Extending monads with pattern matching
Tomas Petricek, Alan Mycroft and Don Syme
In Proceedings of Haskell Symposium 2011
Sequencing of effectful computations can be neatly captured using monads and elegantly written using
do notation. In practice such monads often allow additional ways of composing computations,
which have to be written explicitly using combinators.
We identify joinads, an abstract notion of computation that is stronger than monads and captures
many such ad-hoc extensions. In particular, joinads are monads with three additional operations:
one of type
m a -> m b -> m (a, b) captures various forms of parallel composition,
one of type
m a -> m a -> m a that is inspired by choice and one of type
m a -> m (m a)
that captures aliasing of computations. Algebraically, the first two operations form a
near-semiring with commutative multiplication.
docase notation that can be viewed as a monadic version of
case. Joinad laws
make it possible to prove various syntactic equivalences of programs written using
that are analogous to equivalences about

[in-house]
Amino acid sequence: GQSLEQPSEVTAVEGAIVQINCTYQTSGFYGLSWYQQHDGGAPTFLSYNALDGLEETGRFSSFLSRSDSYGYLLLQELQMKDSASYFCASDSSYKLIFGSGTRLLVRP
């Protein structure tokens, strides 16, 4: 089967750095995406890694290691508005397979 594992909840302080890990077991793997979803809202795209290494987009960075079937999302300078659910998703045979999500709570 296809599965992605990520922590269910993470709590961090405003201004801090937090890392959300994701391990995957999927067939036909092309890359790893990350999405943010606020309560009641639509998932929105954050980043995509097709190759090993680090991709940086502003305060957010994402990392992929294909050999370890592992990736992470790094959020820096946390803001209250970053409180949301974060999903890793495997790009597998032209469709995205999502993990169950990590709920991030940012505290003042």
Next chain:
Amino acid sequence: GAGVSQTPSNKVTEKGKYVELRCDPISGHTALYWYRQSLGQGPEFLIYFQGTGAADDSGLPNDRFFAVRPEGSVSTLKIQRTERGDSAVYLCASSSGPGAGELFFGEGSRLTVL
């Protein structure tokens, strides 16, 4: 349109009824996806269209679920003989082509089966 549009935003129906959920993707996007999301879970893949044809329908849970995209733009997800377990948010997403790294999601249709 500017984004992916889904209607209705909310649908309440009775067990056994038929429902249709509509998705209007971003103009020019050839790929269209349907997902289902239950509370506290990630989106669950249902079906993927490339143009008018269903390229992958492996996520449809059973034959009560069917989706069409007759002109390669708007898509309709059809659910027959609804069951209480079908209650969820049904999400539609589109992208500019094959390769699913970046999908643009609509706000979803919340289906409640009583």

case. Examples of joinads that benefit from the notation
include speculative parallelism, waiting for a combination of user interface events, but also
encoding of validation rules using the intersection of parsers.
Paper and more information
- Download the paper (PDF)
- Download COQ script with some proofs
- See the original implementation (pre-processor and samples) at Github
- See GHC fork and GHC base fork for a proper implementation
- View talk slides from Haskell Symposium
Try Joinads is a web site, using the open-source release of F#, that implements the joinads extension for F#. It comes with an browser-based F# console where you can experiment with joinads and numerous tutorials that demonstrate the usfulness of joinads. Tutorials include asynchronous, parallel and concurrent programming as well as parsing.
- Visit the Try Joinads web site!
If you want to cite the paper, you can use the following BibTeX information, or get full details from the paper page on ACM.
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If you have any comments, suggestions or related ideas, I'll be happy to hear from you! Send me an email at firstname.lastname@example.org or get in touch via Twitter at @tomaspetricek.
Published: Monday, 5 September 2011, 12:00 AM
Author: Tomas Petricek
Typos: Send me a pull request!